Florida Law Prompts Homeless Shelters to Ready for Higher Demand, What's New Here

Florida Law Prompts Homeless Shelters to Ready for Higher Demand, What’s New Here?

As the need to assist those without houses may expand, nonprofits are getting ready.

A new legislation that prohibits sleeping in parks or public areas will go into effect in only four months.

Homelessness is a major issue in the Tampa Bay region, according to Aaron Swift of the Homeless Leadership Alliance of Pinellas.

“Thirty something years ago, I was homeless here in Pinellas County from the ages of two to six with my mother,” replied Swift.

It happens to everyone, he said.

The possibilities are getting limited. Mental health concerns are addressed. Drug misuse is the problem. The problem is domestic abuse. The difficulties of homelessness and unhousing are caused by a plethora of variables, according to Swift.

Florida Law Prompts Homeless Shelters to Ready for Higher Demand, What's New Here

Nonetheless, Swift stated that things can get worse because of a new Florida law that takes effect in October.

Anyone sleeping overnight in public areas, such as parks, is forbidden by the new regulation.


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Supporters of the measure, including state leaders, claim it will help individuals in need get connected to organizations and shelters; however, Swift expressed concern that this could lead to further problems.

Space is the problem at hand. Every writer in the refuge is fully occupied. For practically all of them, there is a waiting list,” Swift informed.

The rule might be harmful to those who are already enrolled in temporary housing programs, he claimed, as there are now only a limited number of beds in Pinellas County designated for homeless individuals.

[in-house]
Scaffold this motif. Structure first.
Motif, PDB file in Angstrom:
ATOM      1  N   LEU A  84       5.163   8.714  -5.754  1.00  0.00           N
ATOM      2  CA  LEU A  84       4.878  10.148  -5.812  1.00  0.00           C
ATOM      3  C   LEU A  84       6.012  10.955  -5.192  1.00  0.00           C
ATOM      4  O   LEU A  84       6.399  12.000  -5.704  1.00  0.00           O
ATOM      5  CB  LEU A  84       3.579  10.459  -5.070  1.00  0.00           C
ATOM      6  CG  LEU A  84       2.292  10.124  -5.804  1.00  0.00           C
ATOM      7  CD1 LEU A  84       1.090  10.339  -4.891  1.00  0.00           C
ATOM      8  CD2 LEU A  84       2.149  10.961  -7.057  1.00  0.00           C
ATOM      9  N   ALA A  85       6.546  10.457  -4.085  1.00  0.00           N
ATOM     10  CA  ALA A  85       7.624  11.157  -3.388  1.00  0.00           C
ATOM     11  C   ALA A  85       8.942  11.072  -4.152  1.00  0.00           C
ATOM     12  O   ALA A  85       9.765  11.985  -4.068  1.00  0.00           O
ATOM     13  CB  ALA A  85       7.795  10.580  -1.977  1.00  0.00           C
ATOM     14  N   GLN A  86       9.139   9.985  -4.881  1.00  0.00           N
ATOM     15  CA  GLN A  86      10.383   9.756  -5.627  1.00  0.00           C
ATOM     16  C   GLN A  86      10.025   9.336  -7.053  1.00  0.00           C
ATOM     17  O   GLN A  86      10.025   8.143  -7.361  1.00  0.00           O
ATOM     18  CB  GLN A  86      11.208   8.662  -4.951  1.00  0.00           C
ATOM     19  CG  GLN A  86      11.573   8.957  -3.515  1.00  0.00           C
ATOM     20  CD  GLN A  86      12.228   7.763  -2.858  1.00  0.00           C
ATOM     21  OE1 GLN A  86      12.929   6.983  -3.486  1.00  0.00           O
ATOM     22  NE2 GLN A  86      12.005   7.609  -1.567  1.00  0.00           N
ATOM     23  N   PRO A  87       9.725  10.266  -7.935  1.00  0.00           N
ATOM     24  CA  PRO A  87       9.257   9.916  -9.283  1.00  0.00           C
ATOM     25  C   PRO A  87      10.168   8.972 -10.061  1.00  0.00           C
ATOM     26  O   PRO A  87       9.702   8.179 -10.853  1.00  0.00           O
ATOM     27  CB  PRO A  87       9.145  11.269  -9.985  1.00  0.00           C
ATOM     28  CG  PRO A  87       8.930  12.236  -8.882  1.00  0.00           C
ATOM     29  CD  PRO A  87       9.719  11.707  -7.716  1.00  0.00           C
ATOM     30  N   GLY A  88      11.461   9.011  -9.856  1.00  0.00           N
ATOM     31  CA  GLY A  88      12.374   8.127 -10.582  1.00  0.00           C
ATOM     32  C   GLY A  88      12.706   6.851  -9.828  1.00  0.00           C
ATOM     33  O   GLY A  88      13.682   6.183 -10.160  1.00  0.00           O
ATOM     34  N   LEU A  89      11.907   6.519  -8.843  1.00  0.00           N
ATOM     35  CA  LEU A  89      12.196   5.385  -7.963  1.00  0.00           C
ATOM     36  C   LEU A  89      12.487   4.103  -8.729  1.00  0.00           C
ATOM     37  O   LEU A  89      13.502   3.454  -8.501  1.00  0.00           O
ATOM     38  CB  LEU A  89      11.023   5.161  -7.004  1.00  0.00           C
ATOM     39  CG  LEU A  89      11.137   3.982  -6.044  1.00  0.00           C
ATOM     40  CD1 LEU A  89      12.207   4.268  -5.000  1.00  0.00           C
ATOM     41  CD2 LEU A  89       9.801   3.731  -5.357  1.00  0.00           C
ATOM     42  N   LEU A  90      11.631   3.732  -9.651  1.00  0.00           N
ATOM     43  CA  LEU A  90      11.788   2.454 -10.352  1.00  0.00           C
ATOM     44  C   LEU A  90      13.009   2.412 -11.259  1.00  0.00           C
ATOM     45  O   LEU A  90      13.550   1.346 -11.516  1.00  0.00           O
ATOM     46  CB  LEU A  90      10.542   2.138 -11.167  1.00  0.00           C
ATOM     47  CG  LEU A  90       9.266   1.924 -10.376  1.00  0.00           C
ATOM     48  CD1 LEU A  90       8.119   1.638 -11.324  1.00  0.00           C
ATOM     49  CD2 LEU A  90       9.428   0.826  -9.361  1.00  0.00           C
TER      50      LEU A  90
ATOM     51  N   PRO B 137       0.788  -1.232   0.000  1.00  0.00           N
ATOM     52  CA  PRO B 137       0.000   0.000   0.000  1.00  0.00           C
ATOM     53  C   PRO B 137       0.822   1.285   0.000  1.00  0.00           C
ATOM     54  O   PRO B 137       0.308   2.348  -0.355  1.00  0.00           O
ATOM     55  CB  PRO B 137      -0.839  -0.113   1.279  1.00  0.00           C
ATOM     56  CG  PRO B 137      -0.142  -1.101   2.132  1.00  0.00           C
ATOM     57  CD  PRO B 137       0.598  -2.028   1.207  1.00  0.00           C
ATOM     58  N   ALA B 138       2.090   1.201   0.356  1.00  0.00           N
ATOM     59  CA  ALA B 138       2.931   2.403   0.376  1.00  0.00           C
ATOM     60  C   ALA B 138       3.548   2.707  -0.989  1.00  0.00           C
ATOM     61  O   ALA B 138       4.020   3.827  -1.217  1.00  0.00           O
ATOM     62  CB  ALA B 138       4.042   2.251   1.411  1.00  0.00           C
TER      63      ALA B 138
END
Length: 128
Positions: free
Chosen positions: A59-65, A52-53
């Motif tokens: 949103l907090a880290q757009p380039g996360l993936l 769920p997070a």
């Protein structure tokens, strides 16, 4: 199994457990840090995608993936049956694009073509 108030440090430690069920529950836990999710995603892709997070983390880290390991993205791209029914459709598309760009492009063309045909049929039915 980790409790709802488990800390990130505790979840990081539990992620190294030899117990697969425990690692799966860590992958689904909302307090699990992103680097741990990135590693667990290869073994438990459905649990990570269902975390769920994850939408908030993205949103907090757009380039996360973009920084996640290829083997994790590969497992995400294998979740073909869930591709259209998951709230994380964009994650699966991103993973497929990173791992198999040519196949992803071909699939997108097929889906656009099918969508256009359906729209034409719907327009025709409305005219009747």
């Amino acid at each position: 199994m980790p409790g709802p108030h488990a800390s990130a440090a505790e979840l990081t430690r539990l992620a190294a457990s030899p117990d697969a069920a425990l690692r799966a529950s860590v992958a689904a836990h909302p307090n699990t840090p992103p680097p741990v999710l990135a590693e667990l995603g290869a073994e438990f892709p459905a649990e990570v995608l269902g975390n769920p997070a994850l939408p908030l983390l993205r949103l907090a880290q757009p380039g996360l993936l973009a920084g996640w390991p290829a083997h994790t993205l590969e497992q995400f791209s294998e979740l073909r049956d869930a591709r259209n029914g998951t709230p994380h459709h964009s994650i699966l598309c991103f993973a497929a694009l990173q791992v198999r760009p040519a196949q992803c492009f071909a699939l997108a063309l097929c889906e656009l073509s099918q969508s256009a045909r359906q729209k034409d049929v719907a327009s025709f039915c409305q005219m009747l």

People have a difficult time finding housing, so we need refuge while they’re looking. To help folks with their housing issues, we need someplace for them to be,” Pinellas Hope’s Joe Pondolfino stated.

Now that they gather once a month, housing organizations are brainstorming preparation ideas.

“We are having task force meetings regularly with stakeholders from across the spectrum law-enforcement to county commissioners,” stated Swift.

“We are merely waiting for what we require. Pondolfino remarked, “You know that going forward, there will be an even greater need for us.”

The discussions, according to Swift, are intended to secure financing for programs and increase the number of beds available.

In order to better serve individuals in need, Pondolfino’s organization has already added 25 tents.

We introduced Jimmy Klass to you last month; after 64 years of residency in the country, he discovered he was not a citizen. As she continues to follow his story, ABC Action News reporter Katie LaGrone is also telling the tale of another Floridian who, after 60 years in the country, discovered she was not a citizen.

Another Floridian finds out after over 60 years that she is not a legitimate citizen.

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